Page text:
Researchers debate gaming’s effects on the brain

From staff and wire reports
January 11th, 2012

Researchers are at odds when it comes to video games' educational benefits.

A U.K. study that compared the brains of teenage video gamers found that those who played video games frequently have more gray matter in the area of the brain known to be associated with rewards and decision-making, which raises the question of whether gaming is related to changes in the brain.

Researchers looked for differences in the size of an area of the brain called the ventral striatum, known to be associated with reward and decision-making. This area of the brain is also associated with emotional and motivational aspects of behavior. In particular, it can release a ‘feel-good chemical’ when presented with potential reward situations, such as the opportunity to gain money.

Researchers compared the brain structure and function of 154 healthy 14-year-olds recruited from secondary schools in Germany as part of a larger European study called the IMAGEN project. This sample contained 72 boys and 82 girls and the study assessed their computer gaming activity over a week-long period.

Researchers scanned participants’ brains using MRI and looked at the amount of two components of the nervous system: gray matter and white matter. Gray matter is mostly brain cell bodies, while white matter mainly consists of the brain cell connections that link the gray matter together.

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The teenagers completed tasks to assess reward anticipation and reward feedback behavior while their brains were scanned using a special functional MRI (fMRI) scanner. The fMRI measures small changes in blood flow to parts of the brain. This gives an indication of the areas of the brain that are active during the task.

The standard MRI scans showed the left ventral striatum of frequent gamers contained significantly more gray matter than infrequent gamers. No differences were found in other brain regions or for white matter.

The researchers then linked the volume of gray matter in this brain region to performance on a task and found that adolescents with higher gray matter volume (the frequent gamers) were faster at making decisions. They also found that frequent gamers demonstrated higher levels of brain activity on fMRI than infrequent gamers when they lost during the tasks assessing reward anticipation and reward feedback.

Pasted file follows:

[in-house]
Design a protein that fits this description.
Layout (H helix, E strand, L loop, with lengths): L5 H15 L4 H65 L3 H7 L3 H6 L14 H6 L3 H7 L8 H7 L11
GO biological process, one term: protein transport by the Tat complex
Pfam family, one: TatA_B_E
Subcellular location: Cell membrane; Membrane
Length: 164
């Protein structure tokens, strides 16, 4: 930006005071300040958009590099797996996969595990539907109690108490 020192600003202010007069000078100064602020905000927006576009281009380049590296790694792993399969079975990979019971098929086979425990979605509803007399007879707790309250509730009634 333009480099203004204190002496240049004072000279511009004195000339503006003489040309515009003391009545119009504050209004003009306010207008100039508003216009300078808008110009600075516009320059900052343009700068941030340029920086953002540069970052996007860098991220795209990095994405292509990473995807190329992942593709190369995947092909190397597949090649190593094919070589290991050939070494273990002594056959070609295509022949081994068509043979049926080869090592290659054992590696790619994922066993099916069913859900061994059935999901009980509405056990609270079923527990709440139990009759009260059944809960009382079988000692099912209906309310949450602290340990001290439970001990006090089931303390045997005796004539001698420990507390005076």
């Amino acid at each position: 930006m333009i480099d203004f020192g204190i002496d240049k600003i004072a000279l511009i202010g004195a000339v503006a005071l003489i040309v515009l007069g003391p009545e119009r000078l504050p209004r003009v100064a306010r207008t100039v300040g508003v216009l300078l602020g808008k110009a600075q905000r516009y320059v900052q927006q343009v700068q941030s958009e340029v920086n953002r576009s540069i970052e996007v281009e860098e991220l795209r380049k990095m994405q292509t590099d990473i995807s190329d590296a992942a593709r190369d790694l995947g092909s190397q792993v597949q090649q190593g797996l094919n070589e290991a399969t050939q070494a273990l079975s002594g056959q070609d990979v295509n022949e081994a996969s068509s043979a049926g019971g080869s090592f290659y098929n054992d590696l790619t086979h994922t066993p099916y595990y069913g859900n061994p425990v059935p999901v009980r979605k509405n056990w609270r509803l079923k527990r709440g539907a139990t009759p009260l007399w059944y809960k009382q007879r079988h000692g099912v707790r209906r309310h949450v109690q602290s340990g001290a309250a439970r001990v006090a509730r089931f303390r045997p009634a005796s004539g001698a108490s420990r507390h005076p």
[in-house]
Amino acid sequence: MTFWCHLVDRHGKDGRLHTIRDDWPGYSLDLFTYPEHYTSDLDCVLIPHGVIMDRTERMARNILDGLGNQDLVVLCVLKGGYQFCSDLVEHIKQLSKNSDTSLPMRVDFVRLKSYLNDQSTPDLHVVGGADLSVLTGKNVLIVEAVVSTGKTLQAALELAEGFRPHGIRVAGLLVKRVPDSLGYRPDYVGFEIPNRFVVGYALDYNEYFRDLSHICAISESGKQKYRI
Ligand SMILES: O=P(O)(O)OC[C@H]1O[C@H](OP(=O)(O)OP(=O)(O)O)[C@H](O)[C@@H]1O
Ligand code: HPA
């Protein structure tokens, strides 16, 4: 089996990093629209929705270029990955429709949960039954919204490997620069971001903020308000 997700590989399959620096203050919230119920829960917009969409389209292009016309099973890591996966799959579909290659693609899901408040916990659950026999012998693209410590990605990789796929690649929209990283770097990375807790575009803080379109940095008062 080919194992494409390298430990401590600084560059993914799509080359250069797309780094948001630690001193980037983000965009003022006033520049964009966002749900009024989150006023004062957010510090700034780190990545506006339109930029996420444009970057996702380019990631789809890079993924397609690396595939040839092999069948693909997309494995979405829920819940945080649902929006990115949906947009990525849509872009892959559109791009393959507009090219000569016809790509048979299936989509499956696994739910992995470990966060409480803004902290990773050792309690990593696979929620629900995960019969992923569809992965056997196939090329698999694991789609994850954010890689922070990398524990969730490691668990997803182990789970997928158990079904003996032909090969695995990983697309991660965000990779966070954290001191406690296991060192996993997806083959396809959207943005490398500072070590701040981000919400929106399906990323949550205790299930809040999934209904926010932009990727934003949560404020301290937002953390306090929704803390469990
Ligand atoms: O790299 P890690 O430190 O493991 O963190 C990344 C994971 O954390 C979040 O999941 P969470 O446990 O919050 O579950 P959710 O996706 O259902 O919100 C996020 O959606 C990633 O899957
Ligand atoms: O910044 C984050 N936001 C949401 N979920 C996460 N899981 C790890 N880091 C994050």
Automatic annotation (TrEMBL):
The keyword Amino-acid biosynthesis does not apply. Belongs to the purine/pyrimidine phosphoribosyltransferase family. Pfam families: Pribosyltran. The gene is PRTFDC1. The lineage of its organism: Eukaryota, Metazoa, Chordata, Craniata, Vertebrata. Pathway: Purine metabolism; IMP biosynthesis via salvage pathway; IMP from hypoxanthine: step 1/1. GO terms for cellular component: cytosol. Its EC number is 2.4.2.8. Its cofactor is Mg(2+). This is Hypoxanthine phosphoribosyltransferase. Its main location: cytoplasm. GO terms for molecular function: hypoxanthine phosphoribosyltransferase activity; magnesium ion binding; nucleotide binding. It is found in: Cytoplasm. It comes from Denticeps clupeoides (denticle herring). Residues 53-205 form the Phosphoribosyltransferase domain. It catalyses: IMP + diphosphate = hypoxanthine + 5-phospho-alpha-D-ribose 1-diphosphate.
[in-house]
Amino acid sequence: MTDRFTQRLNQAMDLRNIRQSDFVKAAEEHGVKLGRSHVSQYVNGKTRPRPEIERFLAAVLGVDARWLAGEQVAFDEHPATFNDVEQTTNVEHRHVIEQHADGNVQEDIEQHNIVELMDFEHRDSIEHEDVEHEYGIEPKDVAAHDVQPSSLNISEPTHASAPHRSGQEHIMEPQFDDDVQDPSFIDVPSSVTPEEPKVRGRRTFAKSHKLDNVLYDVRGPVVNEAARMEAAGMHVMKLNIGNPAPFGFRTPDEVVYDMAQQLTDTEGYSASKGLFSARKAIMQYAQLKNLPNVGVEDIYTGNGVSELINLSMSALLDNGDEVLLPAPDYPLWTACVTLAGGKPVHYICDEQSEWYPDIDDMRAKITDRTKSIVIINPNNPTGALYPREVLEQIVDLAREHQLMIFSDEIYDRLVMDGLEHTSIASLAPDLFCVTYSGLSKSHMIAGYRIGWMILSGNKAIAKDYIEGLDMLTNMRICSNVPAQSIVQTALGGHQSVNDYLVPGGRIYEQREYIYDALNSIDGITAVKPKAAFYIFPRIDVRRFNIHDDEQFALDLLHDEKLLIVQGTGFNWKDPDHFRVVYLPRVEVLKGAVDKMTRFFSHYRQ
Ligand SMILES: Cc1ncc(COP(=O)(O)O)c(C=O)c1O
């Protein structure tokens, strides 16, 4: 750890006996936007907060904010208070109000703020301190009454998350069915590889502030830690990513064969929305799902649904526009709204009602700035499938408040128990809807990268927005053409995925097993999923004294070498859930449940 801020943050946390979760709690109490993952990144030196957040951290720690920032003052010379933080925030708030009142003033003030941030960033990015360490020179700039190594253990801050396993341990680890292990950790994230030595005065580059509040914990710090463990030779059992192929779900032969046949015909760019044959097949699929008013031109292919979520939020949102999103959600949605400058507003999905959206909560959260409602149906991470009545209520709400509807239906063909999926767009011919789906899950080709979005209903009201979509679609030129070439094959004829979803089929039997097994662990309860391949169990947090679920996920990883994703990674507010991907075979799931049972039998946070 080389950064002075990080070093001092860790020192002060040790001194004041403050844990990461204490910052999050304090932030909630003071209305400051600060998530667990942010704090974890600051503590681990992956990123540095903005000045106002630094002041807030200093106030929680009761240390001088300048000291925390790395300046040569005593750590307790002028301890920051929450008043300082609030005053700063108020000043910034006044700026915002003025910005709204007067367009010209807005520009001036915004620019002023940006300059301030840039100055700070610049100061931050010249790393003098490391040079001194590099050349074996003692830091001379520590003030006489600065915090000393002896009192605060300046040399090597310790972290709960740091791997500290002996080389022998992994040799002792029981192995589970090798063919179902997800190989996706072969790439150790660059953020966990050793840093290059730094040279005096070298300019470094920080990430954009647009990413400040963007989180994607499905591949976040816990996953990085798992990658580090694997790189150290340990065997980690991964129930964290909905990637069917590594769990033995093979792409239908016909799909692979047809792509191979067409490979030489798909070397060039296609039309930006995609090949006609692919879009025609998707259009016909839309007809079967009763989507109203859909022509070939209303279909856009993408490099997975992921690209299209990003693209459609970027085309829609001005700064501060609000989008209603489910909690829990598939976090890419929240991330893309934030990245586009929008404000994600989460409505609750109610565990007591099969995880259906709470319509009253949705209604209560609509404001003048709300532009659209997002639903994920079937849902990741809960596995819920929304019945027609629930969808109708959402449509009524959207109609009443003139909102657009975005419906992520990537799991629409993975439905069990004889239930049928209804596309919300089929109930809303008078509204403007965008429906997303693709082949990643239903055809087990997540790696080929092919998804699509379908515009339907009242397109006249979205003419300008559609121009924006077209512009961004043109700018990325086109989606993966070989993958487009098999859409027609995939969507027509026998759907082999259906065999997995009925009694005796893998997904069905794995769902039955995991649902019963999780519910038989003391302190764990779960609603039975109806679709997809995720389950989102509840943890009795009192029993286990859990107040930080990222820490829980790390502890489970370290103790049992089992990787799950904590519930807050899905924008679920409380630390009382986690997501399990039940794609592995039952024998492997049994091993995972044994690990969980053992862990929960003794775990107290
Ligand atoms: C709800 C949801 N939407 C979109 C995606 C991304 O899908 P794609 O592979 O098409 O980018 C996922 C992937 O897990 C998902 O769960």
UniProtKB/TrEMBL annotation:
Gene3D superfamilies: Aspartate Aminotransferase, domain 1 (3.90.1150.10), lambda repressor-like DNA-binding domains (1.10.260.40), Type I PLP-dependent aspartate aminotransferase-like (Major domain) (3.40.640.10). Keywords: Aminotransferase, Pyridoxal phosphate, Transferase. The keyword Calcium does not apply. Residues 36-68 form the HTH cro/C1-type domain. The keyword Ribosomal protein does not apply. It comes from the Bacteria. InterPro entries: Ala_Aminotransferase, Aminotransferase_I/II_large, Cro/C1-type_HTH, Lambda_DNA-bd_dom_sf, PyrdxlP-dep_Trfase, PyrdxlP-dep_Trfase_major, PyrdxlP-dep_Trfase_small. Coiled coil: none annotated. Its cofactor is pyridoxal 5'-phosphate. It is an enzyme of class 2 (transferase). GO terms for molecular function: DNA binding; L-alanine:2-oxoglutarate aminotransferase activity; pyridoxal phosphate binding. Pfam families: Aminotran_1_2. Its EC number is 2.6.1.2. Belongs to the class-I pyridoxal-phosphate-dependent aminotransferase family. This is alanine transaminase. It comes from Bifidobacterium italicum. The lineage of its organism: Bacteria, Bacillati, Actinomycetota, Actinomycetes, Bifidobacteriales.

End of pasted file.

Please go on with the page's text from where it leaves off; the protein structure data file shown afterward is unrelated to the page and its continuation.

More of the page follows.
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4 Responses to “Researchers debate gaming’s effects on the brain”

The perception of computers, the Internet, children, learning and time have all been in question for many years. Having played video games since the birth of the Apple IIE and the Commodore 64 all the way to the current IPhone 4, I have been able to really understand the challenges, frustrations, time consumption, and victorious moments that gaming provides. Not only are video games becoming more advanced, but they are now providing exercise, times of enjoyment, and functional brain activity. As this article points out, decision-making skills are being honed. Isn’t this just an opportunity for game designers to create more games that delve deeper into brain activity so that gamers of all ages are stimulated to perceive, conceptualize, select, demonstrate, think critically, and collaborate productively? Education doesn’t just happen in the confines of a school. With 2 Masters under my belt and a terrific career in educating, I really can appreciate the prospect of deeper learning especially when I didn’t have to develop and plan it.

January 13, 2012

Very interesting article. I just completed a course in graduate school called “Cognition and Computers”. We spoke heavely about video games and the benefits that it has on student engagement and increasing cognitive abilities. This article was very interesting.